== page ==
In his latest book, Someone Has To Be the Most Expensive, Why Not Make it You?, Andrew Griﬃths, bestselling author of 14 books sold in more than 65 countries, argues that small businesses should not undervalue their worth.
We all want to get paid more for what we do. Why wouldn’t we? And right now the world is changing. We understand that choosing the cheapest option is generally one that leaves us wanting. Inferior products and inferior services lead to frustration and angst. Never before has there been a greater opportunity to really charge what you’re worth and, ideally, be the most expensive. But you can’t be the most expensive if you don’t deliver. It just doesn’t work.
Our goal when it comes to getting paid more than our competitors is to address the key areas that increase our value to customers. Below I’ve outlined ﬁve of the most effective strategies that, if embraced, will certainly give you the opportunity to charge more than your competitors.
- Avoid making the single most common marketing mistake most businesses are guilty of
Businesses today are really good at telling potential customers how they are exactly the same as their competitors, as opposed to showing how they are different. Every accountant’s website is basically the same; every ﬁnancial planner’s website is basically the same; every hotel website is basically the same. And to make matters worse, these businesses state the obvious on their sites. Consumers are smarter, well informed and well educated. They know that lawyers do law, accountants do tax, and mortgage brokers do loans. We need to learn to tell potential customers less of the obvious and more of the things that actually make us different – and that means tell more stories, share more of why we do what we do, how we do things differently, and what makes us unique, not what makes us the same.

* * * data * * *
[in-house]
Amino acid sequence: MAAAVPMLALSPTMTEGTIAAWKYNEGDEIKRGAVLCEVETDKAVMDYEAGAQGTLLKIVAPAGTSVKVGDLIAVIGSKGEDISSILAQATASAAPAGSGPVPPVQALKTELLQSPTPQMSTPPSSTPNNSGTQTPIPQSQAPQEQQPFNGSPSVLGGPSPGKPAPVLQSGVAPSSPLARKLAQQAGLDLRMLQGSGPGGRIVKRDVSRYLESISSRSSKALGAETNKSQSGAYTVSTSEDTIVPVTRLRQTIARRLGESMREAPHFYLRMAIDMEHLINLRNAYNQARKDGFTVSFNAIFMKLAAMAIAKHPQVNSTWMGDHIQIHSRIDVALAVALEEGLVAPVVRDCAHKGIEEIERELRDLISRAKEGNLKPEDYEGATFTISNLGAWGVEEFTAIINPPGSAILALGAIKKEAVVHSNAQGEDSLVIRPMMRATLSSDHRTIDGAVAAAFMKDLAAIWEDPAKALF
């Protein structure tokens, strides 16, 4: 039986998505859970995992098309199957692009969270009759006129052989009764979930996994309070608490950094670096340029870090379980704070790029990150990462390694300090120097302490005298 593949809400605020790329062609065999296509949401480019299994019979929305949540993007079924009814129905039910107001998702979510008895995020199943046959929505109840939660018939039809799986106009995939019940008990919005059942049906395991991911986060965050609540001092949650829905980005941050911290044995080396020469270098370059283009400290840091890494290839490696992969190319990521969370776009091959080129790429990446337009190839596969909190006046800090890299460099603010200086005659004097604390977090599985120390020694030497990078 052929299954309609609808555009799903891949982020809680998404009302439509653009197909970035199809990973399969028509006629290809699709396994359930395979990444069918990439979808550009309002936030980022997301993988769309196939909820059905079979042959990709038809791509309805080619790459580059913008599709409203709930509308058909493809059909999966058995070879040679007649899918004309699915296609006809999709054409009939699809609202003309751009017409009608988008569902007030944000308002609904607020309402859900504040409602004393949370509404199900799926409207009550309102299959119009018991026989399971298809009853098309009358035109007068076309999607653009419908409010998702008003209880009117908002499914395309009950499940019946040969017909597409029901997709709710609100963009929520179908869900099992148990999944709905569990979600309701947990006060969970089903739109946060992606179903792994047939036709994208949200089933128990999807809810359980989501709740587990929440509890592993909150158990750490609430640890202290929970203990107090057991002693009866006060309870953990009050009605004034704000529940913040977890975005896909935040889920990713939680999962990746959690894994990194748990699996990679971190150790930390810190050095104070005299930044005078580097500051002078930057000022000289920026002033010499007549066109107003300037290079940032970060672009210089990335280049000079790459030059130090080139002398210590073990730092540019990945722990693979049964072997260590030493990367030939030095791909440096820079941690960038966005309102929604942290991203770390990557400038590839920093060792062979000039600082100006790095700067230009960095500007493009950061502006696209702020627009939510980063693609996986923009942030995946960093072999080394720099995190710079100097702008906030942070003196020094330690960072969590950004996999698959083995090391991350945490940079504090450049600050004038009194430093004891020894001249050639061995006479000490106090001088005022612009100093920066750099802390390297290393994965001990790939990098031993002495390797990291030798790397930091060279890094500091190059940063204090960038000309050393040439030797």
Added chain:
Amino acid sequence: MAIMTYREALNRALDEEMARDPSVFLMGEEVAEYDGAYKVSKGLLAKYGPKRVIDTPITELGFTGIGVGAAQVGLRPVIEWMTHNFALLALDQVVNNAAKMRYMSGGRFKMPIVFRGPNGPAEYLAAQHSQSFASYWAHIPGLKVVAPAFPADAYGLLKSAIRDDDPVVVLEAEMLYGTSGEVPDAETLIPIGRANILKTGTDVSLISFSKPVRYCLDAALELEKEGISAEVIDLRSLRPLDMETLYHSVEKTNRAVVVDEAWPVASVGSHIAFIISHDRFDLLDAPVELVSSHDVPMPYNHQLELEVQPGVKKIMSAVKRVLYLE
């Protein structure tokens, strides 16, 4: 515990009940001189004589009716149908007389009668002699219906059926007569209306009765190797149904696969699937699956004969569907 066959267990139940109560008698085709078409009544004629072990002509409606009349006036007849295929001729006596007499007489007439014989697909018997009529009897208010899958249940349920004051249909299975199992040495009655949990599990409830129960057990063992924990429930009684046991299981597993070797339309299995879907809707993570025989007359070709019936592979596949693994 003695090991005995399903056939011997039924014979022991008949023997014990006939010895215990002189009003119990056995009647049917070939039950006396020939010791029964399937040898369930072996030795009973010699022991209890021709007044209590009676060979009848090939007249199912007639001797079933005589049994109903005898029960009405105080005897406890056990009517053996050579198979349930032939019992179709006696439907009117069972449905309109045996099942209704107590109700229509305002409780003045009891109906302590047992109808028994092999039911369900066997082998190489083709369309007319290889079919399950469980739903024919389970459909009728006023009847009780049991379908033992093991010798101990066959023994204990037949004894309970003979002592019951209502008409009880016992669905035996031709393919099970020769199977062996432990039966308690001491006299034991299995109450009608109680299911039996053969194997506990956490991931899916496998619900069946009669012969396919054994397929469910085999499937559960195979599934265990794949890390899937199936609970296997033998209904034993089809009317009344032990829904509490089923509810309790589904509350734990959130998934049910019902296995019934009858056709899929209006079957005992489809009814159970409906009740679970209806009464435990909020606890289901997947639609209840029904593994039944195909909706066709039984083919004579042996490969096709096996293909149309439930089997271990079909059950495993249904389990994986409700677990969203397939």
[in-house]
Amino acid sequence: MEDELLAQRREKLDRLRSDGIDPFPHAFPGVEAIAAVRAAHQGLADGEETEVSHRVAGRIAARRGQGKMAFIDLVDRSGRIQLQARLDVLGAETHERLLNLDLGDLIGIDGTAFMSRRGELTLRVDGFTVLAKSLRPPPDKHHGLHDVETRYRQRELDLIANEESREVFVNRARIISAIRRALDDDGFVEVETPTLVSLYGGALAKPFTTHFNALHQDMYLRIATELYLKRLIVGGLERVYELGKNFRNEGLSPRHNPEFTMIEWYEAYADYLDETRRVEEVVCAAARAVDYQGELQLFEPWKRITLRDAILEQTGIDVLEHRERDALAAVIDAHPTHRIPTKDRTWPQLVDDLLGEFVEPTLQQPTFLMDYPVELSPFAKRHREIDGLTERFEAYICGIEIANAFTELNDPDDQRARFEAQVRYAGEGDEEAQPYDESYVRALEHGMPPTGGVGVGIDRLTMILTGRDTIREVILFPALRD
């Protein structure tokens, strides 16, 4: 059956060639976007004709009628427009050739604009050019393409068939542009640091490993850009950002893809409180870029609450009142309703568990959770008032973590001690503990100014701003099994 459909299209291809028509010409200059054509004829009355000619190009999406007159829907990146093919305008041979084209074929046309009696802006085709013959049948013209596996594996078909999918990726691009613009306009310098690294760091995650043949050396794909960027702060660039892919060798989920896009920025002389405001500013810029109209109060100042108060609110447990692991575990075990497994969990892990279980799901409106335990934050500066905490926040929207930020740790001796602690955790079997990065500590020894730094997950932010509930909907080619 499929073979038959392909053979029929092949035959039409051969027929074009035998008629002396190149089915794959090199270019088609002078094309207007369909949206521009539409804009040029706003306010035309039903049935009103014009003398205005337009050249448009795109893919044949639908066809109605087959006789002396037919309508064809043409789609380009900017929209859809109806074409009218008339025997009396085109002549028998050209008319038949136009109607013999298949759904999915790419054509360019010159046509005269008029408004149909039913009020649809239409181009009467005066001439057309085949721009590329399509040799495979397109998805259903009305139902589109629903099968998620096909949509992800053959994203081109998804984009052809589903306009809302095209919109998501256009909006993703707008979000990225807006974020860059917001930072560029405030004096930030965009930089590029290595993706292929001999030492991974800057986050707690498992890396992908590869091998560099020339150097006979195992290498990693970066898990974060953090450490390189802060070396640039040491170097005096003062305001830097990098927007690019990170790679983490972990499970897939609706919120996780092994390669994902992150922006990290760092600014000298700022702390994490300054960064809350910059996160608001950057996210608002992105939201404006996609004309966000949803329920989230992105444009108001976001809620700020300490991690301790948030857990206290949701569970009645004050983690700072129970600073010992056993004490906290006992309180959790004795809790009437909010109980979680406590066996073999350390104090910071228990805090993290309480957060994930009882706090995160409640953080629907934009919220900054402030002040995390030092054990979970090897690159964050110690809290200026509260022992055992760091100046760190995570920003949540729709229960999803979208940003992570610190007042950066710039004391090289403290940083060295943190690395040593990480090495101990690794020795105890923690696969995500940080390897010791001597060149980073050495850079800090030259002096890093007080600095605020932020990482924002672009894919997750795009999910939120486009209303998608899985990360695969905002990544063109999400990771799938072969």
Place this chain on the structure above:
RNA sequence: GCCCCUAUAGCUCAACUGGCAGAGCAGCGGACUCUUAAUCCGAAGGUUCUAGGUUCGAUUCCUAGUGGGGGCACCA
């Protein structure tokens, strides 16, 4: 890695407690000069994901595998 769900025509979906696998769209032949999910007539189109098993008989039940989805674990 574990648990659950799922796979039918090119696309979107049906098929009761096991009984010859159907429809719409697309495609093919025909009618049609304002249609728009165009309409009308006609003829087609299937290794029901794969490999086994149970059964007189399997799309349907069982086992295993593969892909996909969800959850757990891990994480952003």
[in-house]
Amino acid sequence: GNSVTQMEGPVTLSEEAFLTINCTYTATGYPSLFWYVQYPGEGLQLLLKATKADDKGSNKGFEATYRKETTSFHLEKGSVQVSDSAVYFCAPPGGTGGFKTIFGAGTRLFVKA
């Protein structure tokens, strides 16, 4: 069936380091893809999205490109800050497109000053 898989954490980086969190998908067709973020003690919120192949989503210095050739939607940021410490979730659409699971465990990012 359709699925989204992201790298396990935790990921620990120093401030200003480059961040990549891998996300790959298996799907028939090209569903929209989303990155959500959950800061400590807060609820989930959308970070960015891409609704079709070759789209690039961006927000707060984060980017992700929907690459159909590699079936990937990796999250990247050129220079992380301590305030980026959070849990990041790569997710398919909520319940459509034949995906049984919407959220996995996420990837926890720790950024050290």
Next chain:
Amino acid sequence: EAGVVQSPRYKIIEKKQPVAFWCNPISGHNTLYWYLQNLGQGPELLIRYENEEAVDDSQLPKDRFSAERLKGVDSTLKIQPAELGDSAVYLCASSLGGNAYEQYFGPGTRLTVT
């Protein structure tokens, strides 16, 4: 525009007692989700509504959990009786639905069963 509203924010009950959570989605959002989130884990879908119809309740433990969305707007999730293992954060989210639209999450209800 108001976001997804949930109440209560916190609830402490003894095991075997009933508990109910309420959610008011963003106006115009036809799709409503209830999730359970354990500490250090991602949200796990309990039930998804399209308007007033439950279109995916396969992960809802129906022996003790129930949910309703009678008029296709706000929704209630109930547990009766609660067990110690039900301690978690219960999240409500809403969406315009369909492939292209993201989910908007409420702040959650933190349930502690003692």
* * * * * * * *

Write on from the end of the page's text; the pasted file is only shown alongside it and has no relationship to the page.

- Become an exceptional communicator
One of the biggest complaints customers have about professional service providers relates to terrible communication. People have to constantly chase their advisers for updates and information. They get frustrated, they get grumpy, and they are unlikely to speak favourably or refer the business. The answer is to become incredible at communicating. In fact, overcommunicate where you can. Look for every opportunity to become the absolute best at communicating. Out-communicate your competitors. This simple strategy will elevate you miles ahead of your poor-communicating competitors, and your happy customers will become raving fans.
- Create extraordinary experiences
One of the greatest ways you can increase your value, and charge more for what you do, is to make the shift from doing transactions to creating experiences.
We live in a world that craves and appreciates experiences – and we’re prepared to pay for them. If you can make the entire customer experience extraordinary, in as many ways as possible, you can deﬁnitely charge more than your competitors. The key is to focus on the little things, not just the big things.
- Encourage others to rave about you and recommend you
We think that if we do a great job people will automatically refer our business
to others. A small percentage will, because that’s their nature, but from my experience it takes a more proactive approach. We need to get comfortable about asking people for testimonials and referrals. Often we feel a bit needy when we ask our happy clients to say great things about us. But if you engage them well, explain that you are really proud of what you do and that you want to grow your business and to do that you need more wonderful clients like them, you’re heading on the right path.
- Build a reputation for being more than a mortgage broker
When it comes to deciding who we want to do business with, our decision-making processes have changed a lot in the last 10 years. Given the choice between two businesses, where one offers a service and that’s it, and another offers the same service but also plays a proactive role in the community, shares more of its philosophy of doing business, takes greater care of its people, shines the light on their customers and is generally ‘more’, it’s clear which business customers will use. These businesses can charge more because they offer more value.
In reality, the list of what we can do to charge more than our competitors is long. It all comes back to the fact that we live in a values-driven world, not a cost-driven world. I’ve seen this shift happening around the world. An ever-increasing number of people are prepared to pay for value; their biggest challenge is ﬁnding businesses that can deliver. Those businesses that really get this and look for ways to keep increasing the value they bring to their customers are the ones that can charge more. It’s as simple and as complicated as that.
Bestselling small business author